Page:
Cheap oil and the weapons market

In an article published on Sept 7, 2013, I wrote that our country is lucky and history has proved this. I wrote that our country was very lucky because when Japanese cultured pearls were invented in 1928, the pearling industry in Kuwait was negatively affected and the years following 1932 were known as the ‘diving setback’ years. Yet that setback did not last long and within a few years we found black gold and struck oil, starting with the first oil well in 1936, then discovering the world’s second largest oilfield – Burgan – in 1938. Thus, Kuwait shifted from a country that almost vanished and got crushed by a severe economic crisis into one running one of the most important natural resources in the world.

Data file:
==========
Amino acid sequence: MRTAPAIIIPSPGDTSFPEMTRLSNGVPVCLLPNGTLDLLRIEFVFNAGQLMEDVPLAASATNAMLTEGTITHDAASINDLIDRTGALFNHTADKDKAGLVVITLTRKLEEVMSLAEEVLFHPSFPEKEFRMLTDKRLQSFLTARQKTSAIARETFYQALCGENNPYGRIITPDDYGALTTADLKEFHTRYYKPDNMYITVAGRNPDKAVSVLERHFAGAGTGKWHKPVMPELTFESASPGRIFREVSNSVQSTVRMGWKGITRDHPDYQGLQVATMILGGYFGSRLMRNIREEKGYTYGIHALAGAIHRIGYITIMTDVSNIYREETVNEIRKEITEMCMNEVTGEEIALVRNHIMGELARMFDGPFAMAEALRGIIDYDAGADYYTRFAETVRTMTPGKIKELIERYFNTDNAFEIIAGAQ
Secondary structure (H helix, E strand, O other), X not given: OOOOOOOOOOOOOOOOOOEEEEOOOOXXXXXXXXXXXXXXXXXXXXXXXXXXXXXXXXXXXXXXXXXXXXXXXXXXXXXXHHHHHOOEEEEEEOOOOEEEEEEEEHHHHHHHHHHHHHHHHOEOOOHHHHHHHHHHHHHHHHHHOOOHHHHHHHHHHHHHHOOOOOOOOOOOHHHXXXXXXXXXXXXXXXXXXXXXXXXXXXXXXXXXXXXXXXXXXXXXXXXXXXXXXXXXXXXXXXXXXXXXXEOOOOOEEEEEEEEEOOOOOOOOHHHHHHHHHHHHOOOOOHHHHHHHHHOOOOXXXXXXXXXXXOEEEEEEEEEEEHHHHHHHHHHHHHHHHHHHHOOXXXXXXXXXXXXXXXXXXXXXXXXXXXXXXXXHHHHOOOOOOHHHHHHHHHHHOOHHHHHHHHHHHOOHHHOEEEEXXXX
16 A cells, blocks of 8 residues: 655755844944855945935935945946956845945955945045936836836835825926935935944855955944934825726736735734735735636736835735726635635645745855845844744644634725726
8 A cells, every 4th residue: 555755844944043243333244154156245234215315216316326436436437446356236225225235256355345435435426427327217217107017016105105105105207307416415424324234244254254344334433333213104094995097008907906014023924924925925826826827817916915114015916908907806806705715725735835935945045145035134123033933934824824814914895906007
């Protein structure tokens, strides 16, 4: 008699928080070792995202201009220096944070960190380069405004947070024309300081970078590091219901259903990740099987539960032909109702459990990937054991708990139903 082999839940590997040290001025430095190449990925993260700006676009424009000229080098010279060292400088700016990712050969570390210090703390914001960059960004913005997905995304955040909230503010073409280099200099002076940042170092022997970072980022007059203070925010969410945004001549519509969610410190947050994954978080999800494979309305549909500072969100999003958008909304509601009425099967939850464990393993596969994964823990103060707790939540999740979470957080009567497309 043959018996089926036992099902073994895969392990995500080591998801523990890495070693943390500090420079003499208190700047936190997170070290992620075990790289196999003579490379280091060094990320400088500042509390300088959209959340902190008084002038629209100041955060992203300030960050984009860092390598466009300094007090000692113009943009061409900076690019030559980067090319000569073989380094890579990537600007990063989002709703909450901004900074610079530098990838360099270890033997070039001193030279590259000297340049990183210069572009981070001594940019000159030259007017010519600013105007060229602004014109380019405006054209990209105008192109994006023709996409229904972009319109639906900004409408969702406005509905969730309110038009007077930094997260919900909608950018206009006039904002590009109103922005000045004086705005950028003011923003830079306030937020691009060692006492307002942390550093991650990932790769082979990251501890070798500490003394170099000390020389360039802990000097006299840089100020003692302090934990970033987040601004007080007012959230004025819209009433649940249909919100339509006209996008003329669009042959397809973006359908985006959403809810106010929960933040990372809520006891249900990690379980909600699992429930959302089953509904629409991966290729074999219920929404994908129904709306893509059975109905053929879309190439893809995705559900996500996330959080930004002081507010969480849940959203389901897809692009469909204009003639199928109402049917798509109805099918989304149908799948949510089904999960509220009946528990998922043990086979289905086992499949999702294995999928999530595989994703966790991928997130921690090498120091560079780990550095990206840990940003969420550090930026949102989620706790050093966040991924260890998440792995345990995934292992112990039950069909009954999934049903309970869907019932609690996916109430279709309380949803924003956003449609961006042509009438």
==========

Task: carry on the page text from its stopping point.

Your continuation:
Something else proves that this country is blessed by both oil and luck. In the late 1990s, oil prices dropped to $7 a barrel, which led to a $5 billion deficit in 1999. However, luck revived again and oil prices jumped to $24 and kept rising for years, during which the country made considerable surpluses when oil prices remained over $100 a barrel for over eight years.

I wrote this in an article over two and a half years ago, and today, when prices have fallen to less than $30 a barrel, experts, analysts and others came out to predict how the country would look like in the post-oil era, giving lots of pessimistic opinions. Well, the truth is that our country is full of luck and oil prices will go back to normal rates of over $100 in less than 24 months. I say this out of political analyses, because America will not simply allow oil countries’ economies to collapse, because they are the main buyers of weapons manufactured in their factories.

The US will work on reviving high oil prices in political and economic ways. However, to know how and when this will be done, one has to wait for the coming months, particularly in view of the accelerating regional tensions.

– Translated by Kuwait Times from Al-Anbaa

By Thaar Al-Rasheedi

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